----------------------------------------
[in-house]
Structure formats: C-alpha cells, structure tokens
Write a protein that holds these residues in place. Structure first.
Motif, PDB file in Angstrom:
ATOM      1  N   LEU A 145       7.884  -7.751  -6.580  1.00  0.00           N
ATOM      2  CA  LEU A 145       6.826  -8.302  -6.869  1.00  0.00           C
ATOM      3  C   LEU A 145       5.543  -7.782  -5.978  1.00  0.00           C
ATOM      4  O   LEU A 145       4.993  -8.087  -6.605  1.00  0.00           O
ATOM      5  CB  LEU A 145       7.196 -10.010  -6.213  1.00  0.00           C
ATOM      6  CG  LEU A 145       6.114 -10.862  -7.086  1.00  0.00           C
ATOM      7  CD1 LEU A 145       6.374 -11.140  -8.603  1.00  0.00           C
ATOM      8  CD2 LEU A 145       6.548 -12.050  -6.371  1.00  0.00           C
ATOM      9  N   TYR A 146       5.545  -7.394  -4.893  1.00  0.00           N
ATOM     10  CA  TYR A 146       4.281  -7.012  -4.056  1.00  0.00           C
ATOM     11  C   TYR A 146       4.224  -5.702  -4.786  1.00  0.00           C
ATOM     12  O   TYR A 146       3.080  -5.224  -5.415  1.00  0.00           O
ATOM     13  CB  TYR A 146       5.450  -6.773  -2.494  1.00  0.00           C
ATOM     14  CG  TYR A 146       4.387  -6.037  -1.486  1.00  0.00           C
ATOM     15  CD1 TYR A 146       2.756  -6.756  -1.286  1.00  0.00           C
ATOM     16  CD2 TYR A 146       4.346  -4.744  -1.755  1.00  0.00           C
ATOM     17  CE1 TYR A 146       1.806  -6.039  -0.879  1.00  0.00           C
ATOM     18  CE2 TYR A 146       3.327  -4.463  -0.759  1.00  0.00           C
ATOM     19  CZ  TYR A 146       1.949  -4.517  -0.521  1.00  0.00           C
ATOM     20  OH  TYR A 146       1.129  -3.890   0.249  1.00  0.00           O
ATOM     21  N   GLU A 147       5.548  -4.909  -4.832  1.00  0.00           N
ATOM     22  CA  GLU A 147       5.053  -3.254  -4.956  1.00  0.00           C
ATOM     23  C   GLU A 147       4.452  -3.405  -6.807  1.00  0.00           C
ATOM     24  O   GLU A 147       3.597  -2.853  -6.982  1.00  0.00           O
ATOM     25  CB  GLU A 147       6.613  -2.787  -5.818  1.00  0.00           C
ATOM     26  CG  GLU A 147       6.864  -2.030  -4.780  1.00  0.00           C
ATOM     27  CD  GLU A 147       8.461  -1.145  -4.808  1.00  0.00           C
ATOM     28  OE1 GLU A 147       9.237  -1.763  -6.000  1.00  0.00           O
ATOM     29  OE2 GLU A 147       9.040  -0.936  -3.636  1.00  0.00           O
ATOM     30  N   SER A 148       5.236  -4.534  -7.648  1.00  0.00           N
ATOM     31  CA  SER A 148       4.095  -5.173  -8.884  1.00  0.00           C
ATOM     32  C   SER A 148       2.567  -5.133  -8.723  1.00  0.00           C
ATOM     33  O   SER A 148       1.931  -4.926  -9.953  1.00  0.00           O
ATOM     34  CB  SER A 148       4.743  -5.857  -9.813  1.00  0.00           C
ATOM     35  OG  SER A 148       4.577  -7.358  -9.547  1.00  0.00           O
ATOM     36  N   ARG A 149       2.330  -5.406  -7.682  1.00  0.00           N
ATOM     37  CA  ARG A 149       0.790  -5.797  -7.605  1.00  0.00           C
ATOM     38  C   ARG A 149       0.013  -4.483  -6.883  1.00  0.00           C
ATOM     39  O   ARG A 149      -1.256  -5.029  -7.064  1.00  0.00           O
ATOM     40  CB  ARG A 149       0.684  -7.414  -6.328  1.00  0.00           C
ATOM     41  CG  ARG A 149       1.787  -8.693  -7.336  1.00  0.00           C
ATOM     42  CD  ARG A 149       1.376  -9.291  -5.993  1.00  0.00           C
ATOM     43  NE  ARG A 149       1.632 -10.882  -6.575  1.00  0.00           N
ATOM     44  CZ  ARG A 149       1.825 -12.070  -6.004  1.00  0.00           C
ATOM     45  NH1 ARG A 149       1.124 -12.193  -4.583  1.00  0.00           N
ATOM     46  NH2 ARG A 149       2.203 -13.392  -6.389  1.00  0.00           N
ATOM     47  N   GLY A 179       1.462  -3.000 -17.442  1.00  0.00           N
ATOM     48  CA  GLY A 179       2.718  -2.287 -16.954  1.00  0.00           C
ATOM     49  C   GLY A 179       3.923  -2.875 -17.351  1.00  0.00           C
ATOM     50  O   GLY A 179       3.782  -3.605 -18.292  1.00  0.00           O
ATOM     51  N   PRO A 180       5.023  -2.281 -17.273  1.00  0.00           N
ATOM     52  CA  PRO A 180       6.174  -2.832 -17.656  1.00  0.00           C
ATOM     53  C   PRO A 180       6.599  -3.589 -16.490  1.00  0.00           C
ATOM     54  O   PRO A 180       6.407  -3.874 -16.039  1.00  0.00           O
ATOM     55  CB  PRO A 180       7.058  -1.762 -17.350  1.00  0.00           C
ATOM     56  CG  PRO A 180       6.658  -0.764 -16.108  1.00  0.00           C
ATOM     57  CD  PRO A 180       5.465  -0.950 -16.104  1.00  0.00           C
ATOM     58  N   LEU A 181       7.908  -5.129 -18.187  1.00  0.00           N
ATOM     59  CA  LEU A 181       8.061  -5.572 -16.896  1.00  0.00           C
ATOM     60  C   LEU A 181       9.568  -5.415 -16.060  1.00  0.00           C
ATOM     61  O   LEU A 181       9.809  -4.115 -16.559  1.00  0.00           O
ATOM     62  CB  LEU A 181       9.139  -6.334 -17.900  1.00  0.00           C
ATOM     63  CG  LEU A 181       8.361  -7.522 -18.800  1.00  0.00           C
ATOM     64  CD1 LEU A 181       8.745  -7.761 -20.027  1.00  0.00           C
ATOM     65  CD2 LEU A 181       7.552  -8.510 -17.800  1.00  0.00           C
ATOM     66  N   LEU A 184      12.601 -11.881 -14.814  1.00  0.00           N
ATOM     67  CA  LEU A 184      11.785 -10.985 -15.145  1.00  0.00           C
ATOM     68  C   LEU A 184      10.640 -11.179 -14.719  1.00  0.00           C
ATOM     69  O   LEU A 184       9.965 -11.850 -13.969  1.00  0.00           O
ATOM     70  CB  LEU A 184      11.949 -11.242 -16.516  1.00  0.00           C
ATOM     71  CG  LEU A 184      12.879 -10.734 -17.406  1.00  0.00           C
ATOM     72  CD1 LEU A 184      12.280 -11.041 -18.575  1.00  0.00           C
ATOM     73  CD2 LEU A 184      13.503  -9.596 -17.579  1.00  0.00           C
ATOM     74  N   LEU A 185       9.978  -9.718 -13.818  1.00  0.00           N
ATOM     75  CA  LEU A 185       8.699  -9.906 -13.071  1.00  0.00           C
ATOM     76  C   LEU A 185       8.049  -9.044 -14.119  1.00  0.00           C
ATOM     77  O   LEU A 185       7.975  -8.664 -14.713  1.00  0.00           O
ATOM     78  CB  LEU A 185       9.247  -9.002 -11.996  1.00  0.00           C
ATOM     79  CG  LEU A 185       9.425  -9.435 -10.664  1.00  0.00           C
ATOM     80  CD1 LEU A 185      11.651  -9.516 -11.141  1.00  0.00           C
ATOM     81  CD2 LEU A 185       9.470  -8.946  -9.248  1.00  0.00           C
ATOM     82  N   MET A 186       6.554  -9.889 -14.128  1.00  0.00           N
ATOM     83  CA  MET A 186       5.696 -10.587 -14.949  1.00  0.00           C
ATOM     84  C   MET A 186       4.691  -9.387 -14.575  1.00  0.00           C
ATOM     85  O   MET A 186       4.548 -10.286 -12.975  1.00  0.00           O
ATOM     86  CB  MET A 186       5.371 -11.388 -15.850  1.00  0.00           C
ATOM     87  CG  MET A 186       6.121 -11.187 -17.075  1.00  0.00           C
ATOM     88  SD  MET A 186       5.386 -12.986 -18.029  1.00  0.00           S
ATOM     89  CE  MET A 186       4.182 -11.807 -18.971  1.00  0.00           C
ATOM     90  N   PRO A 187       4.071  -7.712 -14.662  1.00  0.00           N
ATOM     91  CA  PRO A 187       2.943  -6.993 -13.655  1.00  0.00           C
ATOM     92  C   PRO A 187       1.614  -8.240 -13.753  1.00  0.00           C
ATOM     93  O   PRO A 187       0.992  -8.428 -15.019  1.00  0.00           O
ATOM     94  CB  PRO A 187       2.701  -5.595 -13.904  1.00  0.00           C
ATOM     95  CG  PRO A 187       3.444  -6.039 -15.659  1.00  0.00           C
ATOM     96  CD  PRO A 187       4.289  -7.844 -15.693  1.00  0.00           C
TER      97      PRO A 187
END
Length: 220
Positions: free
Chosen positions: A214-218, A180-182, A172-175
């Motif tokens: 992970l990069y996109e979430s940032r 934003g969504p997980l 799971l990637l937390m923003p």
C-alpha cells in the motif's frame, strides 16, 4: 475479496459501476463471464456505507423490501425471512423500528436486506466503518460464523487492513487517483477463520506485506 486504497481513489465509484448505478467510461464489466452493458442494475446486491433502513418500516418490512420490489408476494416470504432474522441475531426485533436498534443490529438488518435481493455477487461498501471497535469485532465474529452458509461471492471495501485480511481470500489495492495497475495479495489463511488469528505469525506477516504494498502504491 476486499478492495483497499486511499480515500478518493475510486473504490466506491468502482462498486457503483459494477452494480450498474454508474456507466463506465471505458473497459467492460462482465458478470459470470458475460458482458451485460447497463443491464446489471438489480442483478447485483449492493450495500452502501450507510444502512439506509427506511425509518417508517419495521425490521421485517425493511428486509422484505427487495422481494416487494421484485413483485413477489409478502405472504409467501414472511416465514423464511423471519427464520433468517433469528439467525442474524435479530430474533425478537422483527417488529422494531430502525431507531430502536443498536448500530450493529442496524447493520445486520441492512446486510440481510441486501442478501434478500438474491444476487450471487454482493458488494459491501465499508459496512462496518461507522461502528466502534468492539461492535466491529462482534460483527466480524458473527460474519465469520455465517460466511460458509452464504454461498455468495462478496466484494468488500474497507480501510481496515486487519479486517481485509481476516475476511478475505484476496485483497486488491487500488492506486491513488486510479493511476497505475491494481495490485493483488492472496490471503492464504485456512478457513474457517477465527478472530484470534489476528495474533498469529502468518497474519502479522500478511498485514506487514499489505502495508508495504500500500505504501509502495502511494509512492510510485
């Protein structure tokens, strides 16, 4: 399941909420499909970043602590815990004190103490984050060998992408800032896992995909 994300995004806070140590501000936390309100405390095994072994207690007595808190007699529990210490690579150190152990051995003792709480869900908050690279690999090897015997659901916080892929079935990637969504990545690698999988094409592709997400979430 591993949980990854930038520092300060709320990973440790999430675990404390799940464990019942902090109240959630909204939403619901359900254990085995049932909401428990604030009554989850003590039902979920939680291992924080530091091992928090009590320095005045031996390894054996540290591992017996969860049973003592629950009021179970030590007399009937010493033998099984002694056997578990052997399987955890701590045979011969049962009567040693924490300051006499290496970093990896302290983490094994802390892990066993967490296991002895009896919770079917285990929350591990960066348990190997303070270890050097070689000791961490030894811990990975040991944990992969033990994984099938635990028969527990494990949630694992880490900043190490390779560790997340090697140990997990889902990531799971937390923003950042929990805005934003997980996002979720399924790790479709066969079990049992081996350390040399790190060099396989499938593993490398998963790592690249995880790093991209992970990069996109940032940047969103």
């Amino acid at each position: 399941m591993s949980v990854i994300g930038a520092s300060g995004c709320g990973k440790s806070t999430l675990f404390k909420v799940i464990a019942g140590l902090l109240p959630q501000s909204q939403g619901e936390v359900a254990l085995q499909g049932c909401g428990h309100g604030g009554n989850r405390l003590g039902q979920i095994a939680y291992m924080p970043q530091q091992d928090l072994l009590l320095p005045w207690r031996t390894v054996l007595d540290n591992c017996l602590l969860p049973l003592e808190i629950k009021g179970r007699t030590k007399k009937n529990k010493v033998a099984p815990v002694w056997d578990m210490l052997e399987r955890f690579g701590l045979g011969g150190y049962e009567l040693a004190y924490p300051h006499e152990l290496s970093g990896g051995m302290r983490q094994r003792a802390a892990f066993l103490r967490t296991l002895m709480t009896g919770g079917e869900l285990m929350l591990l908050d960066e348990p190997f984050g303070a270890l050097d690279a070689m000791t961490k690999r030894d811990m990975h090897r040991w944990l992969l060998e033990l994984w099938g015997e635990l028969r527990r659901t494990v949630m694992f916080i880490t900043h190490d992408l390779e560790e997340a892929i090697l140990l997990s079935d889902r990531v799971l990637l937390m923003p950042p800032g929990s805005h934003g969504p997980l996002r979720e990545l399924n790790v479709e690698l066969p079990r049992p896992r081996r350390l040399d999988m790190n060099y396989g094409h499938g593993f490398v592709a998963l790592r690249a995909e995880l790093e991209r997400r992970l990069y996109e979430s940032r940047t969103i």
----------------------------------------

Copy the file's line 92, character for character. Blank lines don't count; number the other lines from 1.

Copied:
ATOM     88  SD  MET A 186       5.386 -12.986 -18.029  1.00  0.00           S